This provides you with a stub project (Hallo World), which we’ll change in the rest of the tutorial.

Lets examine the AndroidManifest.xml file (click the file in the Package Explorer, and press the tab “AndroidManifest.xml” underneath the appearing window:


If you aren’t familiar with XML, then, welcome to the worribleness of it. It shouldn’t be too difficult to figure out though, if you need some help with understanding it you can find some help here.

The manifest file is where apps declare their capabilities, needs, core attributes ¬†and intents. You can find a full intro here, but I’ll go through some of the important elements in this post.

As you can see all of the information we put into the Eclipse “New Android Project” dialogbox are present here. The android:versionCode and¬†android:versionName are settings that you can use when you update your app. The Android Market (and alternatives) will use the versionCode to test if an upgrade is necessary on the handset (should be an increasing integer scheme) and the Name should be the human readable usually in the normal versioning style (e.g. 1.2.1).

An app can consist of many applications and activities, but we keep it simple here with “only” one application with one activity.

The android:label with the application tag specifies the human readable name of the application. “@string/app_name” introduces the resources management in Android projects. @string refers to the strings.xml file under the res/values folder. If you open it you’ll find it contains Name/Value pairs of strings (you can add other types than strings later if you want to), that can be accessed from all parts of the project (and you’ve just seen how you do it from xml files). This is a great system that not just aid the developer keeping the code clean, but also helps with localisation of the code. If you want to change the human readable name of the app, you can just change the value of app_name in the strings.xml file, simple as that!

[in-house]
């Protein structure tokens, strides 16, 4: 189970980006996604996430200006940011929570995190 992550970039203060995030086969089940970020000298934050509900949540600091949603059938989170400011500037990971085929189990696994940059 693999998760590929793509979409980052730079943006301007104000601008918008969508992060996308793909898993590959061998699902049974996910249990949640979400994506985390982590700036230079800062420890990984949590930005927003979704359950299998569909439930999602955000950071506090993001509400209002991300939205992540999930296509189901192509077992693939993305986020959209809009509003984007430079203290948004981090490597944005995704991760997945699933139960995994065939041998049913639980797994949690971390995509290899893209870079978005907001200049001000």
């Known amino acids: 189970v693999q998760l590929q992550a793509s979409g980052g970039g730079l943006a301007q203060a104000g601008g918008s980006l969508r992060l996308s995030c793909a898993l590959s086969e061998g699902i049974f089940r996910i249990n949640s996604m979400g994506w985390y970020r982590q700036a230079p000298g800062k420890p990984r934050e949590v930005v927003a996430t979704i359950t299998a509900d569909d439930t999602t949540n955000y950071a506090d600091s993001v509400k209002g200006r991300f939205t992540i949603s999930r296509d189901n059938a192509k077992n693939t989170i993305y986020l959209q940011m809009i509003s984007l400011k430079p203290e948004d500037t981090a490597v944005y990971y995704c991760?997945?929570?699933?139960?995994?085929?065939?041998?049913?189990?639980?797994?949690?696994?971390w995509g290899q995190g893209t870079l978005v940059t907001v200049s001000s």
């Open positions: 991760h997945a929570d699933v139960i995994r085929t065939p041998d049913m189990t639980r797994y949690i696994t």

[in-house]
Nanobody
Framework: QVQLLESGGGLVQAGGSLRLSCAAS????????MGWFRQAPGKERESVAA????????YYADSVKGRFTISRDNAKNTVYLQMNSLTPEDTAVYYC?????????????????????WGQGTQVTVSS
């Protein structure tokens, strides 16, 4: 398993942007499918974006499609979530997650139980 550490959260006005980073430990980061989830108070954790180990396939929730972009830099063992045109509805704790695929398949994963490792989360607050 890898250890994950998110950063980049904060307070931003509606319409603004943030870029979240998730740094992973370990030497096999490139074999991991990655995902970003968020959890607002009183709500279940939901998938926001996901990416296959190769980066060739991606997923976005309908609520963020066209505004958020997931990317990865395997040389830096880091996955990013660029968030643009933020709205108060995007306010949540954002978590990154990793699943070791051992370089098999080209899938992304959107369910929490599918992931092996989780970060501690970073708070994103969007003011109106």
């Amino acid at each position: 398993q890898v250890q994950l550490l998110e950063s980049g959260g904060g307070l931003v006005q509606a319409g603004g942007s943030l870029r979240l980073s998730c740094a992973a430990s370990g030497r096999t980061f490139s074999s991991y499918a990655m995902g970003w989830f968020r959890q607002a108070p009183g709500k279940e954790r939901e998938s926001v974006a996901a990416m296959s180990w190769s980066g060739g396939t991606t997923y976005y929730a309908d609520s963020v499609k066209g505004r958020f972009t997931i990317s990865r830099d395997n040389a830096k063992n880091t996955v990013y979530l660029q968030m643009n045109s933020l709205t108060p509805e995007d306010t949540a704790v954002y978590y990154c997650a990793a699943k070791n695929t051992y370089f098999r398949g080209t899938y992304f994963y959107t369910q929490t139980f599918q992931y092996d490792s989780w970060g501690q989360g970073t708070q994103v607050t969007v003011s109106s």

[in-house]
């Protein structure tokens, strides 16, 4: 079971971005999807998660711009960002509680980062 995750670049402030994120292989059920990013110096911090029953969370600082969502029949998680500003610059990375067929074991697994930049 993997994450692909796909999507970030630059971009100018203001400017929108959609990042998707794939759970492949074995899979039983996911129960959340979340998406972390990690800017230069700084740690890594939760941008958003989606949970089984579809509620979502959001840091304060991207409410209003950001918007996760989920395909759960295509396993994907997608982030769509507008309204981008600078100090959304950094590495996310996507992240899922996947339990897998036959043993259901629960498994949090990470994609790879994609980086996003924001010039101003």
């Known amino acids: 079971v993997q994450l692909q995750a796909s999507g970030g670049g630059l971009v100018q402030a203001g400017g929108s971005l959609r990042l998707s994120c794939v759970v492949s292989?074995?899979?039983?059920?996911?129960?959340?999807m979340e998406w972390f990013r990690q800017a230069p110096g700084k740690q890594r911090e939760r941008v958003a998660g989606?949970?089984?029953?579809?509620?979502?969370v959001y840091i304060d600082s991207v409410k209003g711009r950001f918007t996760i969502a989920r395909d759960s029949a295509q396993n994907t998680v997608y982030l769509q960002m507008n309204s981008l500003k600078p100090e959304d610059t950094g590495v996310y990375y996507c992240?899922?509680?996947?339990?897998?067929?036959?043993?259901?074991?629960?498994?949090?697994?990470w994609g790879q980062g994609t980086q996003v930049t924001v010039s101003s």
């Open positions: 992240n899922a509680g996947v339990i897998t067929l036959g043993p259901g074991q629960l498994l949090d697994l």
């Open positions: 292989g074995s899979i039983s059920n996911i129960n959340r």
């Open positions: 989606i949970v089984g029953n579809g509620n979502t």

Likewise the android:icon specifies the icon. You’ll notice that I’ve changed that already. Yours will read “@drawable/icon”. @drawable works like @strings, but refers to the res/drawable folders (e.g. drawable-hdpi). This is the first complicated issue we stumble upon. If you have heard of “fragmentation” of the Android platform, then this is the most common source of this. Screens on the Android phones comes, unlike the iPhone, in many sizes, resolutions and densities, and to support all of them can be a pain (I know – I’ve tried to in Rune Escape), especially if you want a consistent look’n’feel across all types of devices. These folders help you to do that, and you can create other kinds of drawable folders than the ones you are given by default. It might be too early to dive into this already, if you really want to go to this page for an introduction, otherwise just delete the folders and create a new folder called “drawable” and add these images to the folder:




This is the “old” way of handling graphics, all in one folder, and see what happens after density scaling has happened. Not the best way, but as long as you know that you really should change this approach before releasing an app to the market place, then this is fine for now. It will work, it just might look awful, and believe me, it probably will anyway, because the graphics I just gave you are quite, hmmn, crude anyway! Well, enough about graphics ūüėČ